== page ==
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Cannabis constitutes danger for lungs

Home grown: Swiss attitudes towards cannabis use are considered liberal

(Keystone)

Researchers at Bern University hospital have released a study that shows prolonged and regular use of cannabis can severely damage a smoker's lungs.

The results come just after a Lausanne team revealed that an occasional puff was unlikely to harm a student's grades.

The Bern researchers took an interest in young adults who were admitted for treatment of collapsed lungs or emphysema. These patients' lung tissue was severely damaged and the type of emphysema found is unusual in younger people.

Ralph Schmid, head of thoracic surgery at the hospital, spent two-and-a-half years with his team finding what might be the cause of these diseased lungs.

Seventeen patients – 16 men and one woman – were the focus of the study. Their average age was 27 and all admitted to being regular cannabis users.

The research included x-rays, scans, a complete medical history and a check of lung function and tissue. A control group of 85 cannabis abstainers aged around 24 underwent the same tests, and the results were compared with an earlier study.

The focus group had smoked on average six joints a day over a period of more than eight years and also consumed cigarettes on a daily basis for nearly 12 years.

The tests were unable to show which substances had caused the lung damage, but cannabis fibres were found in the tissue samples and can constitute the starting point for inflammation. Another study from New Zealand researchers warned earlier this year that the effect on a person's lungs of smoking one joint was equal to up to five cigarettes.

There were also no cases of emphysema in the control group, even though it included 74 regular smokers.

In an article to be published in the European Journal of Cardio-thoracic Surgery this week, Schmid and his co-authors warn that regular daily use of cannabis can lead to severe lung damage and breathing problems.

While patients can undergo surgery to alleviate their breathing problems, the researchers said that in some cases a lung transplant is the only long-term solution.

"Better grades"

Their report comes a few days after Lausanne researchers published a study stating that occasional cannabis use by youngsters is unlikely to cause psychosocial problems.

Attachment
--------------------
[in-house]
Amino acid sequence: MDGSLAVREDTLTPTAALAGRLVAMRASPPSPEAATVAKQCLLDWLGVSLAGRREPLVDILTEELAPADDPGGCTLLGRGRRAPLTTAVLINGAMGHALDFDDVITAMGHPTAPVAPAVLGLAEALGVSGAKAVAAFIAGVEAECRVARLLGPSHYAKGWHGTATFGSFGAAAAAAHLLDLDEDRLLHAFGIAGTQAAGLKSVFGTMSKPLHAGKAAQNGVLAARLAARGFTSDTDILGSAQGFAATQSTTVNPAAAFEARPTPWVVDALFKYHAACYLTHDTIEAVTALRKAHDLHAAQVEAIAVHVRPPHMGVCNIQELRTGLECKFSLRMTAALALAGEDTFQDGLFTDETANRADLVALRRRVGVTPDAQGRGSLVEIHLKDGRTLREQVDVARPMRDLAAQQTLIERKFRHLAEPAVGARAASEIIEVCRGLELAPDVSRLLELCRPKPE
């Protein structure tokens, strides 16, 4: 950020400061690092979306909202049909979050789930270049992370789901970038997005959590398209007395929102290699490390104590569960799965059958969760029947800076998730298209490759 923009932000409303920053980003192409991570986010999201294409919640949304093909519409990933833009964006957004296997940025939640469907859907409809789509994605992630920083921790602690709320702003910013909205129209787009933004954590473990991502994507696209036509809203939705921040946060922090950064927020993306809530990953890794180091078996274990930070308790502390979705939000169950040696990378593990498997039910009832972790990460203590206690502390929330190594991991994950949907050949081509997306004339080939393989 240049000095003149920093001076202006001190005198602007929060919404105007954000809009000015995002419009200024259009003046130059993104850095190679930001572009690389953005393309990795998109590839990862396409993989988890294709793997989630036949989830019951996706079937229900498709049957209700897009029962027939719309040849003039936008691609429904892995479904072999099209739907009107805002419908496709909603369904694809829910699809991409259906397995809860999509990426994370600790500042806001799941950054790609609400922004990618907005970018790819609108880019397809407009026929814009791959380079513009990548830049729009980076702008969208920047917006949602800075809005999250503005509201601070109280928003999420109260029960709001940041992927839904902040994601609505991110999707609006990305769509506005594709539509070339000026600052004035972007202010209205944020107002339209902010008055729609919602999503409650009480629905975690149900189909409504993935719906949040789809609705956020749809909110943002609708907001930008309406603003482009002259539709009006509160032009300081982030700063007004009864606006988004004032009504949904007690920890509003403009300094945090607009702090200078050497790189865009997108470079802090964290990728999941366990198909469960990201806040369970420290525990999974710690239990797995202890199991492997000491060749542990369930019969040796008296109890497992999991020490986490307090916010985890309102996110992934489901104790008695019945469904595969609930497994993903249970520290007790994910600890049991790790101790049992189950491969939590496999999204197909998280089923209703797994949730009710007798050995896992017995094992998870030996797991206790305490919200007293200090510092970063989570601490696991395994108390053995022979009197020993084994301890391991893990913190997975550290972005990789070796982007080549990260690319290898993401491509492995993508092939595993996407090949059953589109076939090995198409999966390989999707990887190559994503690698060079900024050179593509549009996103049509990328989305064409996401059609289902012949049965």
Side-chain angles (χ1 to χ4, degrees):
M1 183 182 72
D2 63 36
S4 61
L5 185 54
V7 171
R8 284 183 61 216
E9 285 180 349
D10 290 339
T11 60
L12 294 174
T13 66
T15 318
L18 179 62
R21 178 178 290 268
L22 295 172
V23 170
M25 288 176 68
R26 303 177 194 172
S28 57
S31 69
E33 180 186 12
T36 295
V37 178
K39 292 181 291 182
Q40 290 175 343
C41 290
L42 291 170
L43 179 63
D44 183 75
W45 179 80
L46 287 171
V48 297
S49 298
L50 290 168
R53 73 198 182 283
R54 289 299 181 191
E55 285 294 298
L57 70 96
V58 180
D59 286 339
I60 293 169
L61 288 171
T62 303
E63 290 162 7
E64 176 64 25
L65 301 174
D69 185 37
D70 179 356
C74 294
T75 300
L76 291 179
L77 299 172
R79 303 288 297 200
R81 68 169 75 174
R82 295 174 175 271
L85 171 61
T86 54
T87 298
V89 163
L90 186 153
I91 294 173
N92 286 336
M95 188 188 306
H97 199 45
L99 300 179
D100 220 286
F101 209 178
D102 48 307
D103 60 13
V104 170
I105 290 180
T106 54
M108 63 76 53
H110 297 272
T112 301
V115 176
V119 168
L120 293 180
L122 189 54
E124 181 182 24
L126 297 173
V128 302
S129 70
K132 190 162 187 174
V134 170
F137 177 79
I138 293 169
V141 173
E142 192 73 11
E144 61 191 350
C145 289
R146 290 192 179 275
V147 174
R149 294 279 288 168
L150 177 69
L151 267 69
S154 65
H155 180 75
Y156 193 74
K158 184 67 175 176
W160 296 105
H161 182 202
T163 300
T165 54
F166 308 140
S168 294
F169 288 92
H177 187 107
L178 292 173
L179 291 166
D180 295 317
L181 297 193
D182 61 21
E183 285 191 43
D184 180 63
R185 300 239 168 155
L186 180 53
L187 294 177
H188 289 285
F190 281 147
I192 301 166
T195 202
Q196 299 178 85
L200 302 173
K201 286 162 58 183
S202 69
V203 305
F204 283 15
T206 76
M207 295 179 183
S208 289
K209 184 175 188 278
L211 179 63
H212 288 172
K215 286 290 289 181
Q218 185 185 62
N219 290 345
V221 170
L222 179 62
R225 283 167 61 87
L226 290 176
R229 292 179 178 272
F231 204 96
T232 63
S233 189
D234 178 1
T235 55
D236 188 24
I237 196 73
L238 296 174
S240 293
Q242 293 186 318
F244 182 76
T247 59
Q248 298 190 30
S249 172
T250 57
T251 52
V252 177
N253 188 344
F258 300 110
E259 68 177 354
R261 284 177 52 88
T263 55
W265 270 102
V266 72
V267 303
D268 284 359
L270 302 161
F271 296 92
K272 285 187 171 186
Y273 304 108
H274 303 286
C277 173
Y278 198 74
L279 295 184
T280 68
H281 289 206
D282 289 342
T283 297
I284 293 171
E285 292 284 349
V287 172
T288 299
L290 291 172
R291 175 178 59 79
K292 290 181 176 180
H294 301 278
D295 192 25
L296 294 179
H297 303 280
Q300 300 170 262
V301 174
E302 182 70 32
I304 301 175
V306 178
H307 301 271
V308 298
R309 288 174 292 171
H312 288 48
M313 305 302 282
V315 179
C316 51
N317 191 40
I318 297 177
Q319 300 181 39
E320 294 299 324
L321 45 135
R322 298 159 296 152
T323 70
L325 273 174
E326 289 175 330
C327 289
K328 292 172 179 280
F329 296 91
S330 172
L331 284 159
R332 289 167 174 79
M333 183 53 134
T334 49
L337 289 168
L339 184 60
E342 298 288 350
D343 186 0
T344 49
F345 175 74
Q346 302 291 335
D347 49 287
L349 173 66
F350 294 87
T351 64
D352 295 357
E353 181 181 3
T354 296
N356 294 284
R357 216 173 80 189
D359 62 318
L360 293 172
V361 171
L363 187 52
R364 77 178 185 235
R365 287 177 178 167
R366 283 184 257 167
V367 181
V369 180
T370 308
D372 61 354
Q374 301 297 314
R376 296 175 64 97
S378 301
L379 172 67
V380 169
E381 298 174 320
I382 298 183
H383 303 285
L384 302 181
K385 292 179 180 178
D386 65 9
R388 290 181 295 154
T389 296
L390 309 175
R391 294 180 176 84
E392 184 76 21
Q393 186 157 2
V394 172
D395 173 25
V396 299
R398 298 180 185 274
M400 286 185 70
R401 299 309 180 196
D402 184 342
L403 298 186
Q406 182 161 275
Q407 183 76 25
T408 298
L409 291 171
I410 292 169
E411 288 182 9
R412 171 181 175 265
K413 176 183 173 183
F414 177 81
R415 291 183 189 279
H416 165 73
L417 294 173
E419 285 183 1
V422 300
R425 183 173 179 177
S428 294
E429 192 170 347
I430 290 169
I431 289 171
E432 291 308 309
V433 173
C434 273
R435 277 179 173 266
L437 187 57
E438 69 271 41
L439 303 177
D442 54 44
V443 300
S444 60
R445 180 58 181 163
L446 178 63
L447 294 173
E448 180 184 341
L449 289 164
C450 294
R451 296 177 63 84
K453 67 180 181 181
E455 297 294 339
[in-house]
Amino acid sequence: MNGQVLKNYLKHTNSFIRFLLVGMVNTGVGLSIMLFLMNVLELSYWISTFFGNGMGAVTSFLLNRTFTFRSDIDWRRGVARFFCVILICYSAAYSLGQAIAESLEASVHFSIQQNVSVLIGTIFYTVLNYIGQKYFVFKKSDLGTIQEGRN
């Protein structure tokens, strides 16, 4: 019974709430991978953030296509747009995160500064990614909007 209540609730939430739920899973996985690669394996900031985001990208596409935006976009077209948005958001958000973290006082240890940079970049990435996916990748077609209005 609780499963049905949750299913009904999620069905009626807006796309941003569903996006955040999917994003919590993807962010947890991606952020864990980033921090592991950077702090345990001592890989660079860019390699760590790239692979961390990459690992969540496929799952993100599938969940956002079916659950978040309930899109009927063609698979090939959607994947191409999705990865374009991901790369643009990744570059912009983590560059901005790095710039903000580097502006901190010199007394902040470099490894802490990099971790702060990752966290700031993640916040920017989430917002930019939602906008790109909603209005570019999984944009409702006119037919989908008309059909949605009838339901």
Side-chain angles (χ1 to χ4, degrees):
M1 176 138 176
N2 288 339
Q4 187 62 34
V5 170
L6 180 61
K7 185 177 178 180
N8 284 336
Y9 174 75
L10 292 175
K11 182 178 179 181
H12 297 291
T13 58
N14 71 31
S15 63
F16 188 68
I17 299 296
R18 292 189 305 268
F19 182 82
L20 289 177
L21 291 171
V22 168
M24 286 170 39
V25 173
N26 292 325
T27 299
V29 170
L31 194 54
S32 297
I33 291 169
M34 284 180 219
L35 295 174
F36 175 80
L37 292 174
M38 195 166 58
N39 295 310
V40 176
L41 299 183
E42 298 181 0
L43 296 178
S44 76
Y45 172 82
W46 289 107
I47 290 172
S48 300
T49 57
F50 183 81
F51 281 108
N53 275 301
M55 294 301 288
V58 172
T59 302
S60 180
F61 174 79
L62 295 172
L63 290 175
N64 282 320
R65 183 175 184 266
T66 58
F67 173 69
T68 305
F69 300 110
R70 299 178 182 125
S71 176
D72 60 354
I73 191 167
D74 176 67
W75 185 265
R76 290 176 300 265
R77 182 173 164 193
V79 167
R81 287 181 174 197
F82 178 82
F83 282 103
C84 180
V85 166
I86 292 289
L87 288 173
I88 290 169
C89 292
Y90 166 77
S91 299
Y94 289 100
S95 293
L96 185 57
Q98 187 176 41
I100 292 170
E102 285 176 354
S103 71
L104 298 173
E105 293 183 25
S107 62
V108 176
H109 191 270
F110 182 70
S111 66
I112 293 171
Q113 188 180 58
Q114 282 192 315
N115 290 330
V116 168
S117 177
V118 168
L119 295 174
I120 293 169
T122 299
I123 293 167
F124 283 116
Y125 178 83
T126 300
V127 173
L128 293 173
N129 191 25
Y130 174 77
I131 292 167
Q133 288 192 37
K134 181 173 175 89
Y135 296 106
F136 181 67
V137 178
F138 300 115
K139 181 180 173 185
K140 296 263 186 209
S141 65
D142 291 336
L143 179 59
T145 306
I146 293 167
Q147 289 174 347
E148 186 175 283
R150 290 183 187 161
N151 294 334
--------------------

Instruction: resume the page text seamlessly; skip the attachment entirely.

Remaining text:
Based on a survey of more than 5,000 teenagers from all over Switzerland, the study showed that those who smoke the drug just once or twice a month and nothing else are no worse off than their peers who abstain altogether.

The results seem to show that they also have better relationships with their friends and do more sport – but their relationships with their parents are more problematic.

But the researchers, who did not explain the reason for these findings, warn that cannabis use should not be trivialised since it could lead to harder drugs or nicotine addiction.

But they also said parents should not over-react when their children occasionally use marijuana.

swissinfo with agencies

Cannabis in Switzerland

A United Nations report issued earlier this year found Swiss cannabis consumption and production were on the rise. Almost 10% of 15 to 64-year-olds use the drug, it said.

But a Swiss Institute for the Prevention of Drug and Alcohol Problems survey in February showed the first fall in cannabis consumption for 15-year-olds in 20 years.

A 2002 Swiss health questionnaire found that 28% of people surveyed aged 15-39 had smoked cannabis at least once in their life.

A group of politicians and drug experts launched an attempt to decriminalise cannabis last year. They want to force a nationwide ballot on making the purchase, possession and consumption of the drug legal under controlled conditions. A vote is not expected until at least next year.

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Cannabis and health

On the mental health front, a recent Zurich University study claiming a link between cannabis use and schizophrenia stirred debate in Switzerland.

The researchers said their results showed a direct link between the disease and smoking marijuana.

But the Federal Health Office was not convinced, stating that there was a lack of data concerning the patients' medical histories or whether they consumed psychotic substances to back up the research.

Another study from New Zealand researchers also warned earlier this year that the effect of smoking one joint on a person's lungs was equal to up to five cigarettes.

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